Thursday, February 17, 2011
I grew up on the South Side of Chicago in a neighborhood so Catholic that I don’t recall knowing anyone who wasn’t until I was well into my teens. My neighbors were Polish-Catholic, Irish-Catholic, Lithuanian-Catholic, Italian (the Catholic is implied there)… always an ethnicity attached, because we each had our own saints and feast days, but always the same religion. I knew about The Troubles before I knew about the Holocaust, and I believed WASPs were a stinging insect, not the exotic blond inhabitants of the Ivy League. Catholicism informed nearly every aspect of our daily lives: where we went to school, what we ate on Fridays, where you could find us on Sunday mornings, the markings on our foreheads one Wednesday a year.
It changed for me when I was 17.
I was working my regular fast food restaurant job on a Sunday night. Two guys not much older than me came in, drunk and funny, making fun of other customers, making fun of their surroundings. I took their order, laughed at their bad jokes, served their food and that was that.
Until I walked out into the parking lot to throw out the trash and one stood by while the other attacked me.
“C’mon baby, I just want to have some fun,” he said.
Fortunately, he was drunk and I grew up in a neighborhood where there was as much fighting as there was summer night games of kick-the-can. I was on the ground and kicked at him until he backed off. I ran back into the restaurant and my boss called the police.
And the police found the two men sitting inside the restaurant, finishing their meals.
As hysterical as I was, that’s when the real hysteria kicked in. The guy with the hands and “C’mon baby” started sobbing, “Please don’t arrest me, please don’t arrest me. We’re leaving for seminary in the morning.”
My parents had arrived by that point and we tried to figure out what to do. I wanted to forget about it. I remember the Chicago police sergeant putting his hand on my father’s arm and saying, “I wouldn’t let him get away with this if I were you.”
Since I refused to press charges, my mother sought the advice of our priest, who much to his credit told her, “I wouldn’t let him get away with this if I were you. You should report it to the seminary.”
We did. And that’s when the monsignor in charge of the Chicago area’s most prestigious training ground for future priests told me that despite the fact I had been wearing a brown polyester uniform, despite the fact the two men were complete strangers to me, I must have asked for it and enticed them to the parking lot because I laughed at their jokes. I smiled at them.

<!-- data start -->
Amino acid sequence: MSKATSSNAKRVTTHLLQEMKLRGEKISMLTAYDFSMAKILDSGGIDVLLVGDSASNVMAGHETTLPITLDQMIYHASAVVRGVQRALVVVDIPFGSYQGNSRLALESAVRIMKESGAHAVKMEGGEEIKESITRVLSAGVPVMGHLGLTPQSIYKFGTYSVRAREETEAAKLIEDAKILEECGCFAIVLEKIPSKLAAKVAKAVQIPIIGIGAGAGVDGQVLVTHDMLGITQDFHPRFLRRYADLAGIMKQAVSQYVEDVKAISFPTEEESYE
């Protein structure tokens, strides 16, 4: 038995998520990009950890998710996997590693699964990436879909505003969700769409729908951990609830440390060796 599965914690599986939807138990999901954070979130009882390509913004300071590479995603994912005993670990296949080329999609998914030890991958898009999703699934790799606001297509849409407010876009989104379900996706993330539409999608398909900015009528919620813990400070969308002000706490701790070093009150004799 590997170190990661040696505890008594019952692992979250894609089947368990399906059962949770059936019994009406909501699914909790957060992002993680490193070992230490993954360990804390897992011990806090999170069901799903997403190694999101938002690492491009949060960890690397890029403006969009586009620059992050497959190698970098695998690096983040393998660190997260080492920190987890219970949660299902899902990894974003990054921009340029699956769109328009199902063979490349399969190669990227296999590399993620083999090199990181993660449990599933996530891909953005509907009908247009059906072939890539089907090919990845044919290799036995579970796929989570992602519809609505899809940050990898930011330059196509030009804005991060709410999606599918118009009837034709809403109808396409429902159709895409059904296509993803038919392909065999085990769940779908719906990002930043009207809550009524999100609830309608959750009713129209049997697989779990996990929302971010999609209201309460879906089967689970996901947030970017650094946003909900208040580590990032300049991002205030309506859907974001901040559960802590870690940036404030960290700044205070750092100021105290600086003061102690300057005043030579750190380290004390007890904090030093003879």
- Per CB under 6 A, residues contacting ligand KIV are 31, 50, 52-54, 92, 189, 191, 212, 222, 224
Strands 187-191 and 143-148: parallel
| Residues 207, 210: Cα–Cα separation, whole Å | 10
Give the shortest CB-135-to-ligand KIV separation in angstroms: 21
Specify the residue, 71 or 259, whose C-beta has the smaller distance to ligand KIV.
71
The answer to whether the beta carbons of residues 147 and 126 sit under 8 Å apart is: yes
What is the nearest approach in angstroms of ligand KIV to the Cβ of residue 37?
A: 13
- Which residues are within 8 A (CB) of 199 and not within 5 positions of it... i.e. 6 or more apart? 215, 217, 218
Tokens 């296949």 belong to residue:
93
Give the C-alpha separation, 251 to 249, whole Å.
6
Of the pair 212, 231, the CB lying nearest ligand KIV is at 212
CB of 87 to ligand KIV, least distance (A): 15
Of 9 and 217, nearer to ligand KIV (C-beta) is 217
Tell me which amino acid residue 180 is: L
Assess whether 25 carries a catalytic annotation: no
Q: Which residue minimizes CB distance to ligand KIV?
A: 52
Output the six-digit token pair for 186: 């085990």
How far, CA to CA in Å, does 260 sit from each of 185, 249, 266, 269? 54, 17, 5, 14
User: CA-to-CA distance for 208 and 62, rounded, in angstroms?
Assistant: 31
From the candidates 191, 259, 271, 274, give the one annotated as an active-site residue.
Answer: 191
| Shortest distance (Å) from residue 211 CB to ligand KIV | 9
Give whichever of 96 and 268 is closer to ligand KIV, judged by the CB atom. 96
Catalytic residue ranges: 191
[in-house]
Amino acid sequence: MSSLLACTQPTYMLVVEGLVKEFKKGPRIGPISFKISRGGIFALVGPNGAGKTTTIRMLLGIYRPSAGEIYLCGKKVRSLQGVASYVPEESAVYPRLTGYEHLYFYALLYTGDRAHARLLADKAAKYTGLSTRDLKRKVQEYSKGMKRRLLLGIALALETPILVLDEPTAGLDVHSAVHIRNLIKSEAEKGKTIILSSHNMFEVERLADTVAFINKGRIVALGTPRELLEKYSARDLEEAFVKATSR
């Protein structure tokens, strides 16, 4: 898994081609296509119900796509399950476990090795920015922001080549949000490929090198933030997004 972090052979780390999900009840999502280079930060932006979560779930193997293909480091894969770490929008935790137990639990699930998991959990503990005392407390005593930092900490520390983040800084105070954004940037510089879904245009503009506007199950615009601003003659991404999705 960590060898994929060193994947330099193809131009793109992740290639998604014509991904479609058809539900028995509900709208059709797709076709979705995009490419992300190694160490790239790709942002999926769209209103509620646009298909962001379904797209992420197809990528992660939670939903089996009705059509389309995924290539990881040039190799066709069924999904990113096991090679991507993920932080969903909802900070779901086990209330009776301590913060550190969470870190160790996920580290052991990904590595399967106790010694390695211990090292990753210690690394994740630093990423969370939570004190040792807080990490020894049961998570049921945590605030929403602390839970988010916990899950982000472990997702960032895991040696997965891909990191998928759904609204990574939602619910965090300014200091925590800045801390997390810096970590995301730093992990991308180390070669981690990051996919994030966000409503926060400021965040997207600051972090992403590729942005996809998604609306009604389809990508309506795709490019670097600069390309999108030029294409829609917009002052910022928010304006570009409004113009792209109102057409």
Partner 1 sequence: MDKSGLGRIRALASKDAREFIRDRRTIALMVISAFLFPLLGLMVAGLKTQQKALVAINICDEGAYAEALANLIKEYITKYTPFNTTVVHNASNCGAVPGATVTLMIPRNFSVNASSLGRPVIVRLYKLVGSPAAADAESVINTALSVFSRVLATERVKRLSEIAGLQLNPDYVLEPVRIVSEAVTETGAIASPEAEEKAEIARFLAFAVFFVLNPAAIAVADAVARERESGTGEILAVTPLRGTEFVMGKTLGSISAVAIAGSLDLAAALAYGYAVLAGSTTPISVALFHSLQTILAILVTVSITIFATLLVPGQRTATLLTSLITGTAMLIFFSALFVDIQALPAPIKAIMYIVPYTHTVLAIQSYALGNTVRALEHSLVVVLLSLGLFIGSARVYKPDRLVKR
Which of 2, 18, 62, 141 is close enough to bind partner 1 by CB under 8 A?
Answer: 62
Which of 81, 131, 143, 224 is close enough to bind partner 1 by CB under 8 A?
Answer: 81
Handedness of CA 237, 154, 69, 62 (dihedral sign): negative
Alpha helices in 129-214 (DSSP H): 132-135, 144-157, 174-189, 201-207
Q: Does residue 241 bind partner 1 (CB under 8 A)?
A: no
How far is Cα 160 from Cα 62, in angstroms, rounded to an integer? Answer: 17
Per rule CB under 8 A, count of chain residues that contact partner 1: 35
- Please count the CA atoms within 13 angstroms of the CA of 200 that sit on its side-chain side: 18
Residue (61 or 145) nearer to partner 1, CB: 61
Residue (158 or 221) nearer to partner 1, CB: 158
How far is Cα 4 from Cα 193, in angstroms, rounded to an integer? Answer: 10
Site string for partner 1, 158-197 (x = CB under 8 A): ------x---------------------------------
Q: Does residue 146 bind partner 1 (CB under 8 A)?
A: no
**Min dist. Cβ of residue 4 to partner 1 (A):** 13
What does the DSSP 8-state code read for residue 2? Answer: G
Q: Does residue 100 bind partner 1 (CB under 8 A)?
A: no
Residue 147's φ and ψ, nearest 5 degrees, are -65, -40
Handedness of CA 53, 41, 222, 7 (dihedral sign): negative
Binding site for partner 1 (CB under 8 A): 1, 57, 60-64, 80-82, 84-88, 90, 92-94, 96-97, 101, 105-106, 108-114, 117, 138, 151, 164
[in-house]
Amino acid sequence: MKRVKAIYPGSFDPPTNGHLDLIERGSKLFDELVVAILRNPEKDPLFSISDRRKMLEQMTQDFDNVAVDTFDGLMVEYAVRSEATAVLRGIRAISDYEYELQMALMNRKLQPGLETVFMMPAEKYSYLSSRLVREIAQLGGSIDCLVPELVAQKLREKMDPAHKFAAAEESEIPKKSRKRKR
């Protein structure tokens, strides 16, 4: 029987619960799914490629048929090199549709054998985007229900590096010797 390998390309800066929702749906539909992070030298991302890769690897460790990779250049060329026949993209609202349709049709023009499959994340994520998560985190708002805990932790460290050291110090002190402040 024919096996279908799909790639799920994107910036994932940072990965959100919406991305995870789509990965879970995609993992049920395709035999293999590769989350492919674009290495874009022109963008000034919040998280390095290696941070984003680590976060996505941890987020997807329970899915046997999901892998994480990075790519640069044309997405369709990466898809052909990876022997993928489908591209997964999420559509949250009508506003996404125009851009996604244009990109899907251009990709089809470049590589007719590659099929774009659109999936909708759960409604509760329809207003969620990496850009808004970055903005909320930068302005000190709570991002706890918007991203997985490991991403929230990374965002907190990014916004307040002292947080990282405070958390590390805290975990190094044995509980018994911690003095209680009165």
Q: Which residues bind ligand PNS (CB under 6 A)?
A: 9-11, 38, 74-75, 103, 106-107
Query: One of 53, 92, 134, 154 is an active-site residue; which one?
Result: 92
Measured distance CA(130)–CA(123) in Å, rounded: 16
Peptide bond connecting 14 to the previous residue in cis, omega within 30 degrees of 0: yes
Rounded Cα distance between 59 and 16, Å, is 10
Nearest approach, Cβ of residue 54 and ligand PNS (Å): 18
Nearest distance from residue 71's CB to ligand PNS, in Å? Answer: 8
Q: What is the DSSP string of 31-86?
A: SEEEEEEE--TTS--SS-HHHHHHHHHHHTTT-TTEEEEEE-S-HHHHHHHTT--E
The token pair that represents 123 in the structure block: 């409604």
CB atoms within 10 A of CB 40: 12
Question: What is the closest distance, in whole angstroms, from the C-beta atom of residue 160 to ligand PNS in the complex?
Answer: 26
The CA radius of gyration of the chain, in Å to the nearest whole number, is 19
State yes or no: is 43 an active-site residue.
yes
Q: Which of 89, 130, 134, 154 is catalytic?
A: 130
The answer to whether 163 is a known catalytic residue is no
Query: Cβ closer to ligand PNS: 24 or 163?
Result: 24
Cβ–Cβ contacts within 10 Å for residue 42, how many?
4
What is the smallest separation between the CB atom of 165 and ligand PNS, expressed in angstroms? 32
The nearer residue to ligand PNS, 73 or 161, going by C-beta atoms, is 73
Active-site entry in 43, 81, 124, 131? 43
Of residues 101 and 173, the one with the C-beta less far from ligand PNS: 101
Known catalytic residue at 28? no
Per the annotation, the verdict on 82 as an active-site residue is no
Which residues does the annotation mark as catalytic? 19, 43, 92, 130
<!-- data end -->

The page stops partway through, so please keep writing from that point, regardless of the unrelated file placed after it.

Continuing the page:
I moved on, stopped going to mass and really didn’t think about it again until a few years ago when my brother called me and said, “You need to read the [Chicago] Sun-Times today. Your guy is in there and he’s a parish priest and he’s talking about sex abuse in the church.”
I had to be reminded about what guy that was, exactly.
But it’s in my mind again this week. The allegations surrounding Rev. Edward Fitz-Henry have put it there. Rev. Fitz-Henry, by all accounts, is widely adored by his parishioners and the area’s larger Catholic community. He’s given shelter to people when they needed it, he’s consoled them in their darkest hours and he’s celebrated alongside them at their weddings, anniversaries, First Communions and catechisms. I know this, because some of you started calling me on Sunday night, devastated at the news you were handed in church: Fr. Ed’s being accused of child molestation.
At this point, nobody can claim to know the truth about what did or did not happen. The police are investigating one case, the Diocese of Monterey says they couldn’t substantiate that allegation, but found reason to believe another incident with another alleged victim took place 20 years ago.
The alleged victim in the first case filed a “John Doe” lawsuit on Feb. 15, and Fr. Ed has been removed by the Diocese of Monterey from all official duties. He’s also been asked to move from his home at the Old Mission San Juan Bautista rectory, and he’s hired a criminal defense attorney to defend him against the charges that may be coming his way.
The abuse claims as laid out by the alleged victim’s attorney are horrendous, but right now, that’s all they are – allegations.
But it has me thinking, about a local congregaton in deep pain, and the past as well. I’m wondering if what happened in that parking lot was an aberration, or if I helped unleash a monster on an unsuspecting parish that’s part of a system not known for believing victims.
MARY DUAN is editor of the Weekly. Reach her at email@example.com.